Tony Abbott may axe the tax, but will business still pay? In his first Crikey report, Paddy Manning investigates, plus we look at the draconian powers handed to the ACCC. Meet the Man Booker Prize winner. Read about Kim Williams suing Fairfax, while another News type — Rupert Murdoch — celebrates a special anniversary. Plus race casting on the stage.
Here’s all the questions dogged ABC Radio journalist Samantha Hawley asked Environment Minister Greg Hunt this morning on the repeal of the carbon tax:
“… so that statement that you, that 2013/14 will be the last financial year that the carbon tax will apply, you cannot guarantee that.”
“… will business still have to pay the tax after July 1 if the bills haven’t passed?”
“… if your bills don’t pass before then, will business still have to pay the tax after July 1?”
“… what happens if the bills don’t pass the Senate and does business still have to pay the tax after July next year if they don’t?”
“Will business still have to pay the tax after that date and will it be for a full financial year?”
“And if the bill hasn’t passed though?”
“But now you’re not telling the Australian people what you’ll do if a scenario which is likely happens …?”
“… when I ask you what will happen if that isn’t passed on July 1 for business in this country, you can’t or you won’t answer that question?”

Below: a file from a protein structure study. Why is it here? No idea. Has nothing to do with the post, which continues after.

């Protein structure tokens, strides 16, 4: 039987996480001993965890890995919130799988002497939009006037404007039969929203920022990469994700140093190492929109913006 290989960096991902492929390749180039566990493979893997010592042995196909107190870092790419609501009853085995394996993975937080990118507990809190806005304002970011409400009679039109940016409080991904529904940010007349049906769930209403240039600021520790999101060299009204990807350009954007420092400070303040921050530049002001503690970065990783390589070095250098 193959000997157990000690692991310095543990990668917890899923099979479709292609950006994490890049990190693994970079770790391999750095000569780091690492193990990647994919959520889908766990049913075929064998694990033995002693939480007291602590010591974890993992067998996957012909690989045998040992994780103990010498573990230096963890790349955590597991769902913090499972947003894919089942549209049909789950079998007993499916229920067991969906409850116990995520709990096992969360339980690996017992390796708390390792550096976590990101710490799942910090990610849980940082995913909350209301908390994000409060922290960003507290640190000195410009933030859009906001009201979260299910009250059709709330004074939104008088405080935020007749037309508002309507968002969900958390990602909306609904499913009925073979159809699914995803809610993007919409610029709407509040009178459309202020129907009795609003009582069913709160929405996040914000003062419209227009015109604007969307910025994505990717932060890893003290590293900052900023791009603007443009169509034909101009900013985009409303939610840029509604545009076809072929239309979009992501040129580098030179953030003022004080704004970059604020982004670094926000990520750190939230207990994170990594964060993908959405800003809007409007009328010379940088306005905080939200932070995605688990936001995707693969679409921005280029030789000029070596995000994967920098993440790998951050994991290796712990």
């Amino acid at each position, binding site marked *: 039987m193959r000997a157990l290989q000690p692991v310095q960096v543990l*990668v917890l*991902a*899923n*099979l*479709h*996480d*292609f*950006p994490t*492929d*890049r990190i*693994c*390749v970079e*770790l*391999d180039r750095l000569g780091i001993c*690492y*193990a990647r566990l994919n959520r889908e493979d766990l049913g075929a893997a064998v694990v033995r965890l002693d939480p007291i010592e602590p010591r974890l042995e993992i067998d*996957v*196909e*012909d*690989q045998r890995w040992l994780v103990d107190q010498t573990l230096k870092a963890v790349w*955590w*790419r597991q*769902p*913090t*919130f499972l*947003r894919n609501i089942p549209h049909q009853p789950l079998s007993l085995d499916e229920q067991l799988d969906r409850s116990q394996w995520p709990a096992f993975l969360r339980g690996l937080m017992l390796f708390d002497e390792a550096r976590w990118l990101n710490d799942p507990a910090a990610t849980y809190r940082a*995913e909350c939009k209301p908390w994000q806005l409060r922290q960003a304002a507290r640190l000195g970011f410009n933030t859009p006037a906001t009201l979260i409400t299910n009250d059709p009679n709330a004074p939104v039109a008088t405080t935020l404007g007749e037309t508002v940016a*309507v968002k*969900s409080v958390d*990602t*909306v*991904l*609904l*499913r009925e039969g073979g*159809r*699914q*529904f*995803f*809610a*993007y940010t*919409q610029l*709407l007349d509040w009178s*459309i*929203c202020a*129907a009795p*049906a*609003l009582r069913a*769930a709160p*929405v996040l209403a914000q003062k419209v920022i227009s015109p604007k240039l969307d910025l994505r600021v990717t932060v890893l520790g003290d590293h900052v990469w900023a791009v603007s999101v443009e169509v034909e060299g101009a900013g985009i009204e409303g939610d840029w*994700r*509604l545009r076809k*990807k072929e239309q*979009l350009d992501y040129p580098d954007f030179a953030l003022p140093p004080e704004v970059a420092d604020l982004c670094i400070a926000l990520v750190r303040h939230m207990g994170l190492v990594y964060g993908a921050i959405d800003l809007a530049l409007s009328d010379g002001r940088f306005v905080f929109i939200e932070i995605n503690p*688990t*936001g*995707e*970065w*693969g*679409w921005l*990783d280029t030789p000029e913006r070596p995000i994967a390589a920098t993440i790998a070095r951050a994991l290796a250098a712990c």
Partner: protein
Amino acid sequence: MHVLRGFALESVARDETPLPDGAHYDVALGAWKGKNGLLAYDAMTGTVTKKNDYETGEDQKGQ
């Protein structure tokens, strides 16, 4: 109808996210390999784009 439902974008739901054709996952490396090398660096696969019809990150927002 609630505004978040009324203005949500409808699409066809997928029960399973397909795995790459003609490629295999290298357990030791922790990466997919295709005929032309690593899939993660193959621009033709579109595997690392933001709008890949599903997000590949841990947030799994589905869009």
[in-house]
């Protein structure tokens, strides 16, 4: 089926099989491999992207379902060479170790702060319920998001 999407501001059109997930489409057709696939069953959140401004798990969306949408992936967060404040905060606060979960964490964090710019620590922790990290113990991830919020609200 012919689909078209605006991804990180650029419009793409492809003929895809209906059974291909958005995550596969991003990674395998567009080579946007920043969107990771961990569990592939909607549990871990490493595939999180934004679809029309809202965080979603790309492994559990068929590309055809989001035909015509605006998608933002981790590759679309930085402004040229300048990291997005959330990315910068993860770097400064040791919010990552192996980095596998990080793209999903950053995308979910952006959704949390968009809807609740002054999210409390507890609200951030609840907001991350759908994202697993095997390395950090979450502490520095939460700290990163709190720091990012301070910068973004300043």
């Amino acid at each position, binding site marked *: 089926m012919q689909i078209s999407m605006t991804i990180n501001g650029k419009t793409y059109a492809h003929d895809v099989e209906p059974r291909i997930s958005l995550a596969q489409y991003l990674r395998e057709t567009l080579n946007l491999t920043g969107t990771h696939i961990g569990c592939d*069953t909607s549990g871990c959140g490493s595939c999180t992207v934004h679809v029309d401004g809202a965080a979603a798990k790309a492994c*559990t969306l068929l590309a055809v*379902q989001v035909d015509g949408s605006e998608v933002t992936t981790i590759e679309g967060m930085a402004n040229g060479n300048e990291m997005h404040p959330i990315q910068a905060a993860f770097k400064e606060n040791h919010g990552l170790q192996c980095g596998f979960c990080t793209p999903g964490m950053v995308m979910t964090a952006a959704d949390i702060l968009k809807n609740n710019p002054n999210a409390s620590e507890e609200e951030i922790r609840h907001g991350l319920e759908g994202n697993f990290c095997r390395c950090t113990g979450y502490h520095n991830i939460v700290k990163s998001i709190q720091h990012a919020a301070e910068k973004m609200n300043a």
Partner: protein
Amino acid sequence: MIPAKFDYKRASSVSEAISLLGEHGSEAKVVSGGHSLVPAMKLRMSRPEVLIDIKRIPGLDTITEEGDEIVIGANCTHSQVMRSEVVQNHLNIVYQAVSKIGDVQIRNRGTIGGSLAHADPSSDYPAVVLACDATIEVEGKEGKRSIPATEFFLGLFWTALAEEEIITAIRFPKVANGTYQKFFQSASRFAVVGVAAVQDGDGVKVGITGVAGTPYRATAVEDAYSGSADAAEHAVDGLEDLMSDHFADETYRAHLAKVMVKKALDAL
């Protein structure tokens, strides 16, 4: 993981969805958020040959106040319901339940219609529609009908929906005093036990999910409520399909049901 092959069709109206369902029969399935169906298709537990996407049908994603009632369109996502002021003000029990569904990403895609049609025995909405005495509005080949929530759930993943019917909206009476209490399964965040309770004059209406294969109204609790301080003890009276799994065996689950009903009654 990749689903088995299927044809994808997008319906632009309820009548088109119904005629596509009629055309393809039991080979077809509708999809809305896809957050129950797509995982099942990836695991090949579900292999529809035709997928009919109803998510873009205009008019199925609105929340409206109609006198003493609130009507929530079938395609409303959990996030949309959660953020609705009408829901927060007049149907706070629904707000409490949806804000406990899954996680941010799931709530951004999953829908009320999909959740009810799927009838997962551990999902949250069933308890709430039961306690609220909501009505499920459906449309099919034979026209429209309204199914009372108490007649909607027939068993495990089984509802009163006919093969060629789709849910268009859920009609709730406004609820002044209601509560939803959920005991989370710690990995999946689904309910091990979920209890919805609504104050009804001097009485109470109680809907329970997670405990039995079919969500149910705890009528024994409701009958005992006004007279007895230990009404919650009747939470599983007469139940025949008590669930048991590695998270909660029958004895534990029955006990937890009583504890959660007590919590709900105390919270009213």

“Okay, so it will be retrospective?”
“Will it be retrospective; that is that companies will be repaid the money that they’ve paid on the tax since July the 1st next year?”
To which Hunt, obfuscating every time, simply concluded: “We’re getting way ahead of ourselves.”
Perhaps — nobody expects a weeks-old government to have finalised and enacted their policy platform, particularly with a hostile Senate until next July. But Hunt is going to need a better answer for the next nine months. His government campaigned, hell-bent, for the removal of the carbon price from the day it was announced. Tony Abbott won an election on that campaign. Now the Coalition has to deliver. At the very least, it needs a plan for the inevitable: when Labor joins with the Greens in blocking any move to repeal carbon pricing legislation while the current Senate sits.
As Paddy Manning reports for Crikey today, there’s very little in the government’s draft legislation to suggest how it will deliver on its promise, its solemn vow, to stop business — and consumers — from paying the carbon tax.